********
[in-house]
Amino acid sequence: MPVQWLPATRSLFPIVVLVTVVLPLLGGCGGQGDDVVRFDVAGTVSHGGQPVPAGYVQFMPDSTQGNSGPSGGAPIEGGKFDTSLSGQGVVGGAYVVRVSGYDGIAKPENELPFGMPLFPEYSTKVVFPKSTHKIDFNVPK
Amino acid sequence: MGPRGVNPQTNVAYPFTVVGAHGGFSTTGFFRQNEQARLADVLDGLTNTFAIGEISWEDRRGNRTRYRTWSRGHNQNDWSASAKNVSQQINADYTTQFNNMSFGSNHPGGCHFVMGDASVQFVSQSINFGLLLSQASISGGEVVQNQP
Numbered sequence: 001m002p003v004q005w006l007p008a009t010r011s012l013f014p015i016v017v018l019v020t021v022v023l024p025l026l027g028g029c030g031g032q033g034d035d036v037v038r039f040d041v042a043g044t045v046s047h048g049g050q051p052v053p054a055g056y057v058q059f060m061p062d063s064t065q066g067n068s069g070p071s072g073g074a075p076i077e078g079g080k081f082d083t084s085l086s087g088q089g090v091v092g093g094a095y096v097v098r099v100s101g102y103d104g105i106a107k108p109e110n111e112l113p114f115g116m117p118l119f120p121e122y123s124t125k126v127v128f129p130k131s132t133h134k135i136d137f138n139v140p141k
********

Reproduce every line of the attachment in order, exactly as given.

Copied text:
[in-house]
Amino acid sequence: MPVQWLPATRSLFPIVVLVTVVLPLLGGCGGQGDDVVRFDVAGTVSHGGQPVPAGYVQFMPDSTQGNSGPSGGAPIEGGKFDTSLSGQGVVGGAYVVRVSGYDGIAKPENELPFGMPLFPEYSTKVVFPKSTHKIDFNVPK
Amino acid sequence: MGPRGVNPQTNVAYPFTVVGAHGGFSTTGFFRQNEQARLADVLDGLTNTFAIGEISWEDRRGNRTRYRTWSRGHNQNDWSASAKNVSQQINADYTTQFNNMSFGSNHPGGCHFVMGDASVQFVSQSINFGLLLSQASISGGEVVQNQP
Numbered sequence: 001m002p003v004q005w006l007p008a009t010r011s012l013f014p015i016v017v018l019v020t021v022v023l024p025l026l027g028g029c030g031g032q033g034d035d036v037v038r039f040d041v042a043g044t045v046s047h048g049g050q051p052v053p054a055g056y057v058q059f060m061p062d063s064t065q066g067n068s069g070p071s072g073g074a075p076i077e078g079g080k081f082d083t084s085l086s087g088q089g090v091v092g093g094a095y096v097v098r099v100s101g102y103d104g105i106a107k108p109e110n111e112l113p114f115g116m117p118l119f120p121e122y123s124t125k126v127v128f129p130k131s132t133h134k135i136d137f138n139v140p141k